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Why Your Company Needs to be CMMC Compliant

The information in the article below has been superseded by CMMC 2.0 in mid-November 2021.

The Cybersecurity Maturity Model Certification (CMMC) was developed by the Department of Defense (DoD) as a means to measure those companies in the Defense Industrial Base (DIB) sector concerning their readiness to protect sensitive data. This new certification specifically aims to safeguard Federal Contract Information (FCI) and Controlled Unclassified Information (CUI). Designed to decrease risk to the frequently targeted defense industry, CMMC is a methodology and framework that will keep in step with technology changes while introducing a unified DoD cybersecurity standard. Beginning in 2021 every company that does business with the DoD including suppliers throughout the DIB will be required to obtain CMMC certification at some level with the expectation that all active contracts will have a CMMC level requirement in place by 2026.

CMMC Certification

Companies that act now to comply with CMMC certification requirements will have many advantages over those that do not. Since all new and expiring DoD contracts will go to companies that are CMMC compliant at some level, early adopters of the new framework will have the competitive advantage of being awarded DoD contracts over others who might be slower to react to these changes. Organizations that already have a cybersecurity framework in place will find that the burden of compliance may not be out of reach as CMMC will utilize existing standards and requirements such as the NIST SP 800-171, NIST SP 800-53 and AIA NAS9933.

In addition to gaining a competitive advantage in terms of winning new business, those adopting the new requirements related to CMMC will have other rewards such as lessening the risk of financial exposure due to data breaches. Given the government’s ability to impose heavy fines on DoD contractors impacted by a data breach, those who gain this certification will find themselves with another layer of protection against such adverse threats. The new DoD certification features the enhancement of implementers receiving automatic compliance with other government regulations such as the National Institute of Standards and Technology (NIST), International Organization for Standardization (ISO), Health Insurance Portability and Accountability Act (HIPAA), the Federal Information Security Modernization Act (FISMA), and Sarbanes-Oxley Act (SOX).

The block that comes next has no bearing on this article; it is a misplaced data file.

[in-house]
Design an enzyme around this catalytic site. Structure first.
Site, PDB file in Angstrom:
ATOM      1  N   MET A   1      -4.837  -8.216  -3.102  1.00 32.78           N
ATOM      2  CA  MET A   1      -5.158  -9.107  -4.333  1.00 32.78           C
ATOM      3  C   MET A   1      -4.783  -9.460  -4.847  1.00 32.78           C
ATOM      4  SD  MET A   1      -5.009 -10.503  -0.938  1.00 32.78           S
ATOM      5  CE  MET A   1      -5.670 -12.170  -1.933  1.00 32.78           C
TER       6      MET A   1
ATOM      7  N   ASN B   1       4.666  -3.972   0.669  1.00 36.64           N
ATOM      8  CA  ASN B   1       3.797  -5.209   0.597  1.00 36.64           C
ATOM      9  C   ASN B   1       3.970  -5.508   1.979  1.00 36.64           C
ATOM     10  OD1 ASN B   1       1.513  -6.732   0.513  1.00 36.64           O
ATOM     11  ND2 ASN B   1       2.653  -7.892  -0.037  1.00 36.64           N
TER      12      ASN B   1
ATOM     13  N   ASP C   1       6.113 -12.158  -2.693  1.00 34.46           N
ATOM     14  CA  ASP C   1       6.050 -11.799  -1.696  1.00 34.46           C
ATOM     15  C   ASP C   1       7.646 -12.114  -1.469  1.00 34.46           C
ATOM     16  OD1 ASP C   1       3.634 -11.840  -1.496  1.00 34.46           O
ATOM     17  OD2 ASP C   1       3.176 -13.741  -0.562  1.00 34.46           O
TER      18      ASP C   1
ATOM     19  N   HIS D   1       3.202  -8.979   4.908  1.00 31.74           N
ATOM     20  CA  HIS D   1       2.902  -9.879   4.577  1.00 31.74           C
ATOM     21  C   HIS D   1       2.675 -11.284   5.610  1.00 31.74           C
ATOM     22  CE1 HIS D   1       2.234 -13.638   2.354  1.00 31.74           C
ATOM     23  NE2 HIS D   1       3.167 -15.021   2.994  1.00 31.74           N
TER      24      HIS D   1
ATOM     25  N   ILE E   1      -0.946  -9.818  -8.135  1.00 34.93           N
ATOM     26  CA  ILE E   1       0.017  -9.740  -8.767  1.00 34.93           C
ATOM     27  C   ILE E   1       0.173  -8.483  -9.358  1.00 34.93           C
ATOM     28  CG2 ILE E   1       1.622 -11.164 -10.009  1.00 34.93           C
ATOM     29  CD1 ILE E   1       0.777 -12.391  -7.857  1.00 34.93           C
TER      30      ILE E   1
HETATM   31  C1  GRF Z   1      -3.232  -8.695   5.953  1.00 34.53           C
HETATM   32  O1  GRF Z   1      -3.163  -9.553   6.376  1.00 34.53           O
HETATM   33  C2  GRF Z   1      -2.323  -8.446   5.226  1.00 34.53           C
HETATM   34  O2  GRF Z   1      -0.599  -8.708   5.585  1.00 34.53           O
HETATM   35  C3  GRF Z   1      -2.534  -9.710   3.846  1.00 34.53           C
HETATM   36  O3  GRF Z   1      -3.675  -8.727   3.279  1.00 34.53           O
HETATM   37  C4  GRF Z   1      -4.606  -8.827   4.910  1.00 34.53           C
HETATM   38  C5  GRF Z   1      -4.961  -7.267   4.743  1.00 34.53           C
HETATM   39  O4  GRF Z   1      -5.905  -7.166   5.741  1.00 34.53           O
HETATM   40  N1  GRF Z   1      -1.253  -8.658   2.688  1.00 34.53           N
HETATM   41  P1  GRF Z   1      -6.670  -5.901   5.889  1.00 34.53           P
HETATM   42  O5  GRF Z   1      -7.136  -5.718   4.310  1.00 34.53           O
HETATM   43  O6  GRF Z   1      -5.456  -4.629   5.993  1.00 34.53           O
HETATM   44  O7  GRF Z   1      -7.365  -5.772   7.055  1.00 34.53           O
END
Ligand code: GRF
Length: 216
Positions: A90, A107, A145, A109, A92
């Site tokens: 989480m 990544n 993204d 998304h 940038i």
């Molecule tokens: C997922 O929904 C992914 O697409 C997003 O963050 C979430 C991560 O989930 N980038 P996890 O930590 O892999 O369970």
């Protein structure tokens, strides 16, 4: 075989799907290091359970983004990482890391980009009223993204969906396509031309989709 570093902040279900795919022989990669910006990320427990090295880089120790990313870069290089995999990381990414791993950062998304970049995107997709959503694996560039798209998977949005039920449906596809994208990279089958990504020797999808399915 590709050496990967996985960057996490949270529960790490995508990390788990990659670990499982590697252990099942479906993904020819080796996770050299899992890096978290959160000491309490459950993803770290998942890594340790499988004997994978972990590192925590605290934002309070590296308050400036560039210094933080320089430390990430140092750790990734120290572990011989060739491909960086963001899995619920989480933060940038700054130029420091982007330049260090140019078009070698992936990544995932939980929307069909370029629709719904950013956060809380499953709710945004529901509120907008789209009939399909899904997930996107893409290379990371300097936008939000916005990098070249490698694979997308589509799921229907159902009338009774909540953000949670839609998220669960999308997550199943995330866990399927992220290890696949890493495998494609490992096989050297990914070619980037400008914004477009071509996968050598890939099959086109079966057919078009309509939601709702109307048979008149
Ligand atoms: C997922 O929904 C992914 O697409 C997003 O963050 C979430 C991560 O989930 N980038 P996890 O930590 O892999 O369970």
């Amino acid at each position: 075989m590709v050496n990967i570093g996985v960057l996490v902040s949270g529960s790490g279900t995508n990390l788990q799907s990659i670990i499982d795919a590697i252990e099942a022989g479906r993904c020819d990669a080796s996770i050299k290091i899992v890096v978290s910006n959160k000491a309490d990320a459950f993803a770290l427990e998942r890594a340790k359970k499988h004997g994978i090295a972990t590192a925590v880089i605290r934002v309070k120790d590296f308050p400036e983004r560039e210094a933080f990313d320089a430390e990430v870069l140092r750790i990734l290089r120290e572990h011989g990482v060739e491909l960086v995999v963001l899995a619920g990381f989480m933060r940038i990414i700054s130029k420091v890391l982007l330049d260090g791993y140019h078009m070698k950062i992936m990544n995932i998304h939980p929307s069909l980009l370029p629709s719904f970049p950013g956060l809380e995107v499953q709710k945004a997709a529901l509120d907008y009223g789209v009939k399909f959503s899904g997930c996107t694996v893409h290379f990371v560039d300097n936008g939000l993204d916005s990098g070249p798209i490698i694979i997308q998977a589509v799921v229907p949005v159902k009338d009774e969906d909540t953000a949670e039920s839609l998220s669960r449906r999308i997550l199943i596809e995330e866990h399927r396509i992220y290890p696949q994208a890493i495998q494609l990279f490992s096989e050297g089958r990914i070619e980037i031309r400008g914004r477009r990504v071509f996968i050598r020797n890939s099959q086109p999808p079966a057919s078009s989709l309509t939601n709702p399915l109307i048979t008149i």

Knowing that the CMMC certification requirements will be imposed on all DoD contractors will actually serve to bring equality of opportunity to competitors seeking a government contract. Each DoD contract will require certification at one of the five levels of increasing maturity which will be defined in the Requests for Information (RFIs) and Requests for Proposals (RFPs) for those inquiring. According to the Office of the Under Secretary of Defense for Acquisition & Sustainment website’s CMMC FAQ’s, the costs of implementation for CMMC requirements, supporting the CMMC assessment and contracting with a third party assessment organization will be considered allowed costs, meaning reimbursement may be sought from the DoD by companies implementing CMMC.

CMMC requirements are literally changing the landscape for all companies that are contractors or sub-contractors of the DoD. The stakes are high and the time to act is now for contractors vying for new or expiring contracts related to the DIB sector of business. A qualified third-party assessment organization will need to be contracted by those who wish to become compliant. McKonly & Asbury has the tools and resources to assist any organization in adopting the requirements needed to become CMMC compliant.

Visit our CMMC webpage to learn more, and contact us today with any questions or to schedule an initial consultation.

 

About the Author

Brian Johnson

Brian joined McKonly & Asbury in 2019 and is currently a Supervisor with the firm. He is a member of the firm’s Audit and Assurance Segment, serving clients as an internal auditor, on SOX engagements, and in the firm’s System and Organization Controls (SOC) practice.

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